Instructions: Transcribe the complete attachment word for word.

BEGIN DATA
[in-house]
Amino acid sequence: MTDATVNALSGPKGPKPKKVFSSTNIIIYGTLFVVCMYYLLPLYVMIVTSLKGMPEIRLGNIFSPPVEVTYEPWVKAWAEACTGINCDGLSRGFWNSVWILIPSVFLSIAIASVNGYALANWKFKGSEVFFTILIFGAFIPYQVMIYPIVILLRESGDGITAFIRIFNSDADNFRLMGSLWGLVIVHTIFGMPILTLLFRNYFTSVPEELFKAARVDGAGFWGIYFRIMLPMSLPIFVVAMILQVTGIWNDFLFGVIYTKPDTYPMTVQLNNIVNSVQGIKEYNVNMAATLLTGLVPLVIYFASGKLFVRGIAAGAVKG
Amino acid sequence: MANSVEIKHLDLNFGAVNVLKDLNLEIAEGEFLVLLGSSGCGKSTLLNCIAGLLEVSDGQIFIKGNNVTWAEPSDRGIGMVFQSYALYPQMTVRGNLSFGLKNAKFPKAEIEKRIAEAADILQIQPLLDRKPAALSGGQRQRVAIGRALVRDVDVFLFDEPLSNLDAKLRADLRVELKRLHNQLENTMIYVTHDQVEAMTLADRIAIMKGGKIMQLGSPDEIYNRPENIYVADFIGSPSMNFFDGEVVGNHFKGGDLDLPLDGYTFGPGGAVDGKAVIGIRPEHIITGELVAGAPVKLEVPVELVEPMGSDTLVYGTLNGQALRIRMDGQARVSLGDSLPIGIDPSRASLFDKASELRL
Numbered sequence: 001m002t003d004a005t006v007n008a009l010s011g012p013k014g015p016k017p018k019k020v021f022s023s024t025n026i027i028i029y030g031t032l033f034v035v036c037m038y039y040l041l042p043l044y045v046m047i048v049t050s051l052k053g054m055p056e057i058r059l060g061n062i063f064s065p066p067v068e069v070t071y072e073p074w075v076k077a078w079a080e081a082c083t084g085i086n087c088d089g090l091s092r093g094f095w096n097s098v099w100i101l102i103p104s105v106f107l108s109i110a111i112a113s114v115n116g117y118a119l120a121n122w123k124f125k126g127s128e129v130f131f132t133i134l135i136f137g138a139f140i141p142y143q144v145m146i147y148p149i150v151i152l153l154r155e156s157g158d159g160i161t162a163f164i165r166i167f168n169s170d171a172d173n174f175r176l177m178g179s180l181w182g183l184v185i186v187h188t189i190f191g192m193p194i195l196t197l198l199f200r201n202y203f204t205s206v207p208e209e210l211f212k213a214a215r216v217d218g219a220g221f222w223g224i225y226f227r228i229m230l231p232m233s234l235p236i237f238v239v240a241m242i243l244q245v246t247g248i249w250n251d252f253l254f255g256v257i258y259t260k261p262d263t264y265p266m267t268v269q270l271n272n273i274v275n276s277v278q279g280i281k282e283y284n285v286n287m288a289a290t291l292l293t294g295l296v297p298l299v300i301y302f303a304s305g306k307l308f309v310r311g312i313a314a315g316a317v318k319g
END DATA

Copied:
[in-house]
Amino acid sequence: MTDATVNALSGPKGPKPKKVFSSTNIIIYGTLFVVCMYYLLPLYVMIVTSLKGMPEIRLGNIFSPPVEVTYEPWVKAWAEACTGINCDGLSRGFWNSVWILIPSVFLSIAIASVNGYALANWKFKGSEVFFTILIFGAFIPYQVMIYPIVILLRESGDGITAFIRIFNSDADNFRLMGSLWGLVIVHTIFGMPILTLLFRNYFTSVPEELFKAARVDGAGFWGIYFRIMLPMSLPIFVVAMILQVTGIWNDFLFGVIYTKPDTYPMTVQLNNIVNSVQGIKEYNVNMAATLLTGLVPLVIYFASGKLFVRGIAAGAVKG
Amino acid sequence: MANSVEIKHLDLNFGAVNVLKDLNLEIAEGEFLVLLGSSGCGKSTLLNCIAGLLEVSDGQIFIKGNNVTWAEPSDRGIGMVFQSYALYPQMTVRGNLSFGLKNAKFPKAEIEKRIAEAADILQIQPLLDRKPAALSGGQRQRVAIGRALVRDVDVFLFDEPLSNLDAKLRADLRVELKRLHNQLENTMIYVTHDQVEAMTLADRIAIMKGGKIMQLGSPDEIYNRPENIYVADFIGSPSMNFFDGEVVGNHFKGGDLDLPLDGYTFGPGGAVDGKAVIGIRPEHIITGELVAGAPVKLEVPVELVEPMGSDTLVYGTLNGQALRIRMDGQARVSLGDSLPIGIDPSRASLFDKASELRL
Numbered sequence: 001m002t003d004a005t006v007n008a009l010s011g012p013k014g015p016k017p018k019k020v021f022s023s024t025n026i027i028i029y030g031t032l033f034v035v036c037m038y039y040l041l042p043l044y045v046m047i048v049t050s051l052k053g054m055p056e057i058r059l060g061n062i063f064s065p066p067v068e069v070t071y072e073p074w075v076k077a078w079a080e081a082c083t084g085i086n087c088d089g090l091s092r093g094f095w096n097s098v099w100i101l102i103p104s105v106f107l108s109i110a111i112a113s114v115n116g117y118a119l120a121n122w123k124f125k126g127s128e129v130f131f132t133i134l135i136f137g138a139f140i141p142y143q144v145m146i147y148p149i150v151i152l153l154r155e156s157g158d159g160i161t162a163f164i165r166i167f168n169s170d171a172d173n174f175r176l177m178g179s180l181w182g183l184v185i186v187h188t189i190f191g192m193p194i195l196t197l198l199f200r201n202y203f204t205s206v207p208e209e210l211f212k213a214a215r216v217d218g219a220g221f222w223g224i225y226f227r228i229m230l231p232m233s234l235p236i237f238v239v240a241m242i243l244q245v246t247g248i249w250n251d252f253l254f255g256v257i258y259t260k261p262d263t264y265p266m267t268v269q270l271n272n273i274v275n276s277v278q279g280i281k282e283y284n285v286n287m288a289a290t291l292l293t294g295l296v297p298l299v300i301y302f303a304s305g306k307l308f309v310r311g312i313a314a315g316a317v318k319g